« Last Edit: April 28, 2003, 08:08:28 pm by StevenN »
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Dave Mincin

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Re:If NH is picked ....
« Reply #39 on: April 28, 2003, 08:56:42 pm »

Hi StevenH

Please let me first say that I am not a NH resident, just a supporter, and don't profess to speak for all the folks in NH.

To institute all the things you speak of in one fell swoop will not be possible anywhere, but likewise nothing can be done until we have some political power somewhere.

Now in NH there is much voter anger over property taxes and the schools.  Freedom loving people are, as we speak organizing and getting elected, forming a base of operations.

I believe we can ride those issues right now and gain much political power, and I can think of nothing more important to the long term sucess of your movement than to break the states control of our education system.  I believe that is possible in NH now.

Within a few short years we can be in a position, perhaps of not total control, but be the power brokers, have enough elected legislators to control the balance of power, and thus begin to have  our programs inacted.

Forgive me for not addressing the specifics of your question, not sure we can really begin to address many of the issues that face us in a meanful was until we have gain some political power.

On a personal level I feel that you should be able to do whatever you want as long as it doesn't hurt me or my loved ones.  Simply put I believe that people are best able to make decisions for themselves, rather than have the government make them for you.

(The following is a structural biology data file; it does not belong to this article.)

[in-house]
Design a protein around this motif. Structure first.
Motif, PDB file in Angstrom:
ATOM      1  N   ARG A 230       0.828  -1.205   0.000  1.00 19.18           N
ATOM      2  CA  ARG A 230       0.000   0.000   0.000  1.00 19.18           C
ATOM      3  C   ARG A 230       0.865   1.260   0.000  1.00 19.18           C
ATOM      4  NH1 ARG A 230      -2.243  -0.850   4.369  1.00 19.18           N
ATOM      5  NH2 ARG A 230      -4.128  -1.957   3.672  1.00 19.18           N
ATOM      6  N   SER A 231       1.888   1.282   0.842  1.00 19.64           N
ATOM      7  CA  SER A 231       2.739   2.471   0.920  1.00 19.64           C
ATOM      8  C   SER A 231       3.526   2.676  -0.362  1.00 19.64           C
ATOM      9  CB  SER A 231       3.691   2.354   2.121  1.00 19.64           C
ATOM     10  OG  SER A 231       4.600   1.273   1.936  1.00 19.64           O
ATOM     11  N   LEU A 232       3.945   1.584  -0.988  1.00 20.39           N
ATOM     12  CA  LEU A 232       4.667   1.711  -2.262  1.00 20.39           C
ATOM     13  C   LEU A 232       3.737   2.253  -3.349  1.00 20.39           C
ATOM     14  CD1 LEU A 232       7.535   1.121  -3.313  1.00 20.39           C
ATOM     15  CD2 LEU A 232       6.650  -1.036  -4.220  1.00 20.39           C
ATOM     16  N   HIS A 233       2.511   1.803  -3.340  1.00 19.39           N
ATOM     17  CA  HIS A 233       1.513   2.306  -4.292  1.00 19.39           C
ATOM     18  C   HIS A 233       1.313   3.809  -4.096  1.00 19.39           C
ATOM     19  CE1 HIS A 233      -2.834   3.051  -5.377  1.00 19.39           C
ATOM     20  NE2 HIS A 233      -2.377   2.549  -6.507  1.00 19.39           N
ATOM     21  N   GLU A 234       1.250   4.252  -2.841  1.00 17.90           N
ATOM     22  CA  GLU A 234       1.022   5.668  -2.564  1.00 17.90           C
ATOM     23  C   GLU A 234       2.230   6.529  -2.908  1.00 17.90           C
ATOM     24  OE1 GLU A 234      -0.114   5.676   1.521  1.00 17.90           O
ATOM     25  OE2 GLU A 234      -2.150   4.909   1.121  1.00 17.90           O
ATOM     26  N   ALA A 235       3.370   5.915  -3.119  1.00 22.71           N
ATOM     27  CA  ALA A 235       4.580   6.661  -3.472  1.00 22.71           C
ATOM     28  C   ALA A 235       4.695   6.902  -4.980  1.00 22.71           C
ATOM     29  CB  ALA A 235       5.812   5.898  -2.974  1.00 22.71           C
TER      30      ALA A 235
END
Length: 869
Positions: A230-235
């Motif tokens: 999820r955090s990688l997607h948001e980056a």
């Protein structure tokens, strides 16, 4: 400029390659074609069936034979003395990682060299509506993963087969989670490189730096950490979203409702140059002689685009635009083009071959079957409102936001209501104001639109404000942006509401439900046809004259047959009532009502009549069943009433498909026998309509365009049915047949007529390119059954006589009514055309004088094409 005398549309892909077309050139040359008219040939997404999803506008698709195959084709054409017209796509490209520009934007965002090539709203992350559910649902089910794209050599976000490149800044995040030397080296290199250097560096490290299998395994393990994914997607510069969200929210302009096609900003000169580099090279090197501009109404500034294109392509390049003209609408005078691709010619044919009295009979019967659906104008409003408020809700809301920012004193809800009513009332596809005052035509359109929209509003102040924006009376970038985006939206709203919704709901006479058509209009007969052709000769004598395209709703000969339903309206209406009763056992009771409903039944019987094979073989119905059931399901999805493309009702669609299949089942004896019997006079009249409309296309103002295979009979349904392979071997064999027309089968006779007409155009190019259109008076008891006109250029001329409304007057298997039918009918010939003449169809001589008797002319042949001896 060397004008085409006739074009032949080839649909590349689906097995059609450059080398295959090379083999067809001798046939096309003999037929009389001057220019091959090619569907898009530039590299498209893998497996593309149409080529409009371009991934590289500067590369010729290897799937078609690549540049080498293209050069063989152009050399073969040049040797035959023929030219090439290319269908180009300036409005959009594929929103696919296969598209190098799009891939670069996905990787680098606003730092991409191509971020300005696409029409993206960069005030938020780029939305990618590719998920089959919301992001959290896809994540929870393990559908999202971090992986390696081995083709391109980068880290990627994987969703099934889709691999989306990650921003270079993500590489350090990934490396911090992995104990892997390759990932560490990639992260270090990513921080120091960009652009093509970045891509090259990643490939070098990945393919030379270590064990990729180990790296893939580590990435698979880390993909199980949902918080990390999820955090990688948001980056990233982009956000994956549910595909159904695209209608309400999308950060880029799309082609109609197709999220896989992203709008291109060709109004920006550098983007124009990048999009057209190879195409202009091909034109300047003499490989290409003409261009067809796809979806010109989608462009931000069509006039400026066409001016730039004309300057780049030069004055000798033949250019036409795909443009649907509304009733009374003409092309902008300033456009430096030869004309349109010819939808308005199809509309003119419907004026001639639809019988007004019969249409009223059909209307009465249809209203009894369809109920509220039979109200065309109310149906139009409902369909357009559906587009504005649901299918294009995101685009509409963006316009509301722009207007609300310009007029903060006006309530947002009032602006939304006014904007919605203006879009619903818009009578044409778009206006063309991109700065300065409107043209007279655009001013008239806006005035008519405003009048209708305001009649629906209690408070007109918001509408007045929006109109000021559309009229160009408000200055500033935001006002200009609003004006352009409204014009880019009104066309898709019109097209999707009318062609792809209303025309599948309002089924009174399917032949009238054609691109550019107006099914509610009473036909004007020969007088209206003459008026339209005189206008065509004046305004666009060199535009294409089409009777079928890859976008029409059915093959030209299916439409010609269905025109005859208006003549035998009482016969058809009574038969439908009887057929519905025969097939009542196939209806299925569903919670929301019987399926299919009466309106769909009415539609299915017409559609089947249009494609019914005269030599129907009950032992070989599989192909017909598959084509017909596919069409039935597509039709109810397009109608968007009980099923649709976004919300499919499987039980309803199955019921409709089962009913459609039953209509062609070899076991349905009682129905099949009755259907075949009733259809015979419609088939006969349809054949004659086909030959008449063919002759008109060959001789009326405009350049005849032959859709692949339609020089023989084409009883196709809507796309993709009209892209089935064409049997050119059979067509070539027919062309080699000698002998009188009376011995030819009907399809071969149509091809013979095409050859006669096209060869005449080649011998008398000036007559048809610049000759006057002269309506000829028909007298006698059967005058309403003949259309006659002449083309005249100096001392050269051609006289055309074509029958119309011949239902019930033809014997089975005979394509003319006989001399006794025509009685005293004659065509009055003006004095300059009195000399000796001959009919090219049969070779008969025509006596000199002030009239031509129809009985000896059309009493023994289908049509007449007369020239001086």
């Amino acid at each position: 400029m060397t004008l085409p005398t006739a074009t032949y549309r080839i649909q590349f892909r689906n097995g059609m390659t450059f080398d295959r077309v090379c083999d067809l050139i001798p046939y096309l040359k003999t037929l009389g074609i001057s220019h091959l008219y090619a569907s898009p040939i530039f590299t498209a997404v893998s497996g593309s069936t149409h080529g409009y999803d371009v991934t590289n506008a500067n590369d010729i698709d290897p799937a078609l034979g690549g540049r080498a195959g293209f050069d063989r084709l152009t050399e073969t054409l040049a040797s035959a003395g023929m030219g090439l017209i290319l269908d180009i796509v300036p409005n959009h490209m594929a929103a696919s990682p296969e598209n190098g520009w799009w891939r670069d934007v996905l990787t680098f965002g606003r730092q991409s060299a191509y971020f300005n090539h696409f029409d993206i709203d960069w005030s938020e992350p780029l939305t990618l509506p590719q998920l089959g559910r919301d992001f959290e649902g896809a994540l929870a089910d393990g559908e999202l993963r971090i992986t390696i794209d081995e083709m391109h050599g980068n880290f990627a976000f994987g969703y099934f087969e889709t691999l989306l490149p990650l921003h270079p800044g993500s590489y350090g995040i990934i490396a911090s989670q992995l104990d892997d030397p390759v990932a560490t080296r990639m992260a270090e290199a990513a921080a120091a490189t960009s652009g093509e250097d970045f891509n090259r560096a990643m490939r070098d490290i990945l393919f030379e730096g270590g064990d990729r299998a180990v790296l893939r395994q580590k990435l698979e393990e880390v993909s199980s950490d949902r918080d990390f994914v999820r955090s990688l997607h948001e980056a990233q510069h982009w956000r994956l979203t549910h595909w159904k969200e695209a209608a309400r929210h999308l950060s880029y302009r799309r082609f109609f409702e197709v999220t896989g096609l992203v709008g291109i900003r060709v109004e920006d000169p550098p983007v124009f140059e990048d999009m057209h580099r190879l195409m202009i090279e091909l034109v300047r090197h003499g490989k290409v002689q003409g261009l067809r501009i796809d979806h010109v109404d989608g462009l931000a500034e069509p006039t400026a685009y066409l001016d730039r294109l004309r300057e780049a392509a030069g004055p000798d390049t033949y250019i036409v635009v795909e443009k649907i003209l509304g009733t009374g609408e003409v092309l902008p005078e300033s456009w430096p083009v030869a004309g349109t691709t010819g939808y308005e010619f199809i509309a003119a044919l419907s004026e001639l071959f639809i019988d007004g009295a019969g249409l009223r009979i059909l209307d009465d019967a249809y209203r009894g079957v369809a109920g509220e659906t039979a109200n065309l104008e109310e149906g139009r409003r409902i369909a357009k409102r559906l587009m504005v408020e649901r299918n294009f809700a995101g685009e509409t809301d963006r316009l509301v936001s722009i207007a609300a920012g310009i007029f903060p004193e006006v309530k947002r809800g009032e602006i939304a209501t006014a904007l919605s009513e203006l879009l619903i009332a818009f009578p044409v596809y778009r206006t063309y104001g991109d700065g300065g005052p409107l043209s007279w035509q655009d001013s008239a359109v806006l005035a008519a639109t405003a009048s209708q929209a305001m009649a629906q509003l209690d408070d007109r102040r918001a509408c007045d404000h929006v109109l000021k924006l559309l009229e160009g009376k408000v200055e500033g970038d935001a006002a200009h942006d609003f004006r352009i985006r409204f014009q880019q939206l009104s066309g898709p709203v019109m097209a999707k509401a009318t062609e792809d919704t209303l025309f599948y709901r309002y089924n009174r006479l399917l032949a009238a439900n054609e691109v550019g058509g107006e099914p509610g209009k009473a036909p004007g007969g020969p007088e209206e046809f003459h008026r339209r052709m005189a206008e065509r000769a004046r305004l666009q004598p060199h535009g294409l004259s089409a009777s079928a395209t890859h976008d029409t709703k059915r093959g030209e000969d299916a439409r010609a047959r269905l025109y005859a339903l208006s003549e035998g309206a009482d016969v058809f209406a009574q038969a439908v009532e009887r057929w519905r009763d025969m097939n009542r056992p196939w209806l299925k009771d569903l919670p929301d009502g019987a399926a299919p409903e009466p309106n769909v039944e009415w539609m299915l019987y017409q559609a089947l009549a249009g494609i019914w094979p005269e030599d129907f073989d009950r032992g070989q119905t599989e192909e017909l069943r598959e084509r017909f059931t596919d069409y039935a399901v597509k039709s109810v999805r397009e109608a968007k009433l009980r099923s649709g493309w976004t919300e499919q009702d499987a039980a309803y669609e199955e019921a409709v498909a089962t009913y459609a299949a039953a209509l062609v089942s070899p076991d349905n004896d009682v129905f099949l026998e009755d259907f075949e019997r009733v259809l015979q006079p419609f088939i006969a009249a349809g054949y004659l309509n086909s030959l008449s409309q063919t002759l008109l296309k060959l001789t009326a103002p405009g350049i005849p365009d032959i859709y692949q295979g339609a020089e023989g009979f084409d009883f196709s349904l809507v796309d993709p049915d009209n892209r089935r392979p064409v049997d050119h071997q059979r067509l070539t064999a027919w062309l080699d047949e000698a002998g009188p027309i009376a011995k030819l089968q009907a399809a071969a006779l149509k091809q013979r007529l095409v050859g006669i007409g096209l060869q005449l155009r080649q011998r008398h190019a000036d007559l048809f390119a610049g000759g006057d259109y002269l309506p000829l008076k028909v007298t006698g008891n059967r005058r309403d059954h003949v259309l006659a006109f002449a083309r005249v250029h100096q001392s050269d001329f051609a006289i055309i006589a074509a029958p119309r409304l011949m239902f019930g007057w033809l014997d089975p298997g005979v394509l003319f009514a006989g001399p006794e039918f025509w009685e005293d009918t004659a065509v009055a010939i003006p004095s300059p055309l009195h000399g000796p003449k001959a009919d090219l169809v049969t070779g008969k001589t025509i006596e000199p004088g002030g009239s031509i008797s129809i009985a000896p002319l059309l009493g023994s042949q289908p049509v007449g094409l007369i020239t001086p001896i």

Dave
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StevenN

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Re:If NH is picked ....
« Reply #40 on: April 28, 2003, 09:21:01 pm »

Hi Dave:

Yeah, that was pretty much just a "wish list". I think social freedoms will be a tougher fight than economic freedoms nearly everywhere.

I'm just curious if the people in NH are more of the "live and let live types" who might be open to more social freedoms. It might be a good way to attract democrats and greens, not just anti-tax republicans. After all, beyond education (which I think is perhaps one of the easier wins) states don't spend much in relative terms (to the federal gov't, that is). Medical care is the other big expenditure (and roads, but I don't think that will be easy to change). How effective the FSP will be in changing that is difficult for me to judge. I should dust off my Public Sector Economics textbook and see what the avg. expenditure breakdown is for states (I'm pretty sure education is the largest by far).
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Dalamar49

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Re:If NH is picked ....
« Reply #41 on: April 28, 2003, 09:41:43 pm »

In my political science class my teacher said education is the biggest expenditure for states. I know that Nevada spend like 55% of its budget on education.
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StevenN

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Re:If NH is picked ....
« Reply #42 on: April 28, 2003, 11:37:42 pm »

Composition of state & local expenditures (national avg.)
From the Economic Report of the President, 2000
Data is from 1995

(This info is from a bar chart, so they are my estimates)